For anyone who follows, I wrote a new blog post today (http://wp.me/pv9nk-qd) about the definition of life and the definition of sexuality.
But what I didn't write about is all of the various conversations about same-sex marriage that have been going on this week, and especially since the whole Chick-Fil-A fiasco. Conversations are happening on Facebook, Twitter (or, in my case, HootSuite), and on a ton of blogs and websites.
Yes, there were loonies who think all gays molest children, engage in fisting and corpophilia (yes, there were those people), and are riddled with STDs. But there are also well-meaning people who either don't have all the facts or have bad information who are genuinely concerned about the perceived rise of homosexuality and the conversation about same-sex marriage in culture today.
My question is: What tactics are people using in discussions with these "reasonable" Christians, what questions are coming up consistently, and are any hearts or minds being swayed?
I do some work with groups like Minnesotans United for All Families and the HRC, and they say that personal stories are the best tactics for getting through to people. People can argue with facts, but it's harder to argue with personal experience. Have you tried that?
Yeah, as in the ways in which discrimination against the GLBT community has directly affected you, or the things that you care about personally. Christians talk about their beliefs in an emotional, personal way. I've been writing lately about my own journey and how I came to be an atheist and how questioning my beliefs allowed me to come out as gay. At the very least it brings some humanity to an otherwise faceless issue. It's harder to hate us when they can see the whites of our eyes.
I once spoke to a woman who had worked on the stage, had been around many gay people, and knew that it was a myth that gay people were pedophiles who were out to convert everyone. She worked for the 700 Club. Her only objection to gay people was that it is the way it is in the Bible. So there are some people who will never come around.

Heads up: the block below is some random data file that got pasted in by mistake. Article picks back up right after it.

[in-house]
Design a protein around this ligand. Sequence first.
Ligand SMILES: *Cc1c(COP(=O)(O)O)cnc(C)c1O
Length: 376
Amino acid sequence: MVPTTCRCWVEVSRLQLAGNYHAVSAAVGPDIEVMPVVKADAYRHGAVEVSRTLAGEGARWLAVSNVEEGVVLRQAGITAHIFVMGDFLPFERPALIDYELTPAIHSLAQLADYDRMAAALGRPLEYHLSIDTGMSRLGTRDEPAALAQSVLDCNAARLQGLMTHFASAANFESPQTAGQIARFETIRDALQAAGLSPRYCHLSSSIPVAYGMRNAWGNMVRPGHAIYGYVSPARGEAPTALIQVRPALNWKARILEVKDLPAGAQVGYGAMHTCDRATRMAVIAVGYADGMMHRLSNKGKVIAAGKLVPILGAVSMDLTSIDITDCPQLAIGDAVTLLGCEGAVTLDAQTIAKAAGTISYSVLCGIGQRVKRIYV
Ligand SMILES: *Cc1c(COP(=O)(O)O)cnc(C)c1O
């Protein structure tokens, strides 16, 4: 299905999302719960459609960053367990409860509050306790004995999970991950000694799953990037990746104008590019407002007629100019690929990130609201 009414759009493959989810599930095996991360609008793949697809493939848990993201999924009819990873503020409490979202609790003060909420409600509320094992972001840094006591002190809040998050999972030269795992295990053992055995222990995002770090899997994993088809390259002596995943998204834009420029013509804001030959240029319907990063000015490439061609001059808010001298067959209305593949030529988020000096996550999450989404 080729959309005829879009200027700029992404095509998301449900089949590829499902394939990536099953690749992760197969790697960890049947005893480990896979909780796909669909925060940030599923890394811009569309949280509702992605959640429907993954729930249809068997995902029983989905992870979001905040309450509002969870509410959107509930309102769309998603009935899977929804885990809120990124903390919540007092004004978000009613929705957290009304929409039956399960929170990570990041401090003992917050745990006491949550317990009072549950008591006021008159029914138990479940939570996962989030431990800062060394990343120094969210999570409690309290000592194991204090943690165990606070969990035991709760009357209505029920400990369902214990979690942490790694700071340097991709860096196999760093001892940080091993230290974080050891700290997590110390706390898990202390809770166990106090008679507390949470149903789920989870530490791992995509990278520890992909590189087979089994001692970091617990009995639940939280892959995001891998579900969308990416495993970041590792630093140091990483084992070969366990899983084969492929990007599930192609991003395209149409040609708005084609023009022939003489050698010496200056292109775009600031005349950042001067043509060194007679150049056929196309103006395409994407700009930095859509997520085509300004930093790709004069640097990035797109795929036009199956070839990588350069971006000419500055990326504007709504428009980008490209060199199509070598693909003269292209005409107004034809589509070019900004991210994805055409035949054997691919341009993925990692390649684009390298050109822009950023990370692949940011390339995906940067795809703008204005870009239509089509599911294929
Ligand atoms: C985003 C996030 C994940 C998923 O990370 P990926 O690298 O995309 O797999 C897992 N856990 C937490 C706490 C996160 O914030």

But, I know of people who have changed their minds just because of their relationship with me, whether it be through knowing someone in my family, or working with me etc.
After a while, for some of them, it is no longer "gay people" or "those people." The issues now involve a real person who they know. Sometimes familiarity breeds acceptance.
Unfortunately, for some gay people and atheists, seeking acceptance means compromising who they are in order to gain acceptance from others. For me, it has always meant being myself, no matter what the reaction. Either they will never accept me for who I am or eventually they will come to see me as a fellow human who is entitled to the same happiness and freedom of expression as anyone else.
Part of gaining acceptance for who you are, in fact the first step, is showing others that you accept yourself, no matter what others think.
If you are having trouble accepting yourself then you have no right expecting others to do something that you cannot do for yourself. After learning to accept and love yourself you then learn to treasure those who care about who you are, and not to care as much about those who do not accept you.
The complication here is that if the no-acceptance comes from a family member or "good" friend. If that is the case, all we can do is live as an example to others, hope that they will come around, and embrace the people in our lives who do accept us for ourselves.
While it may be extremely painful if the rejection is from a parent or other loved ones, pretending to be someone other than who you are, is not only dishonest to yourself and others, it is seeking the approval and affection from others, based on a falsehood.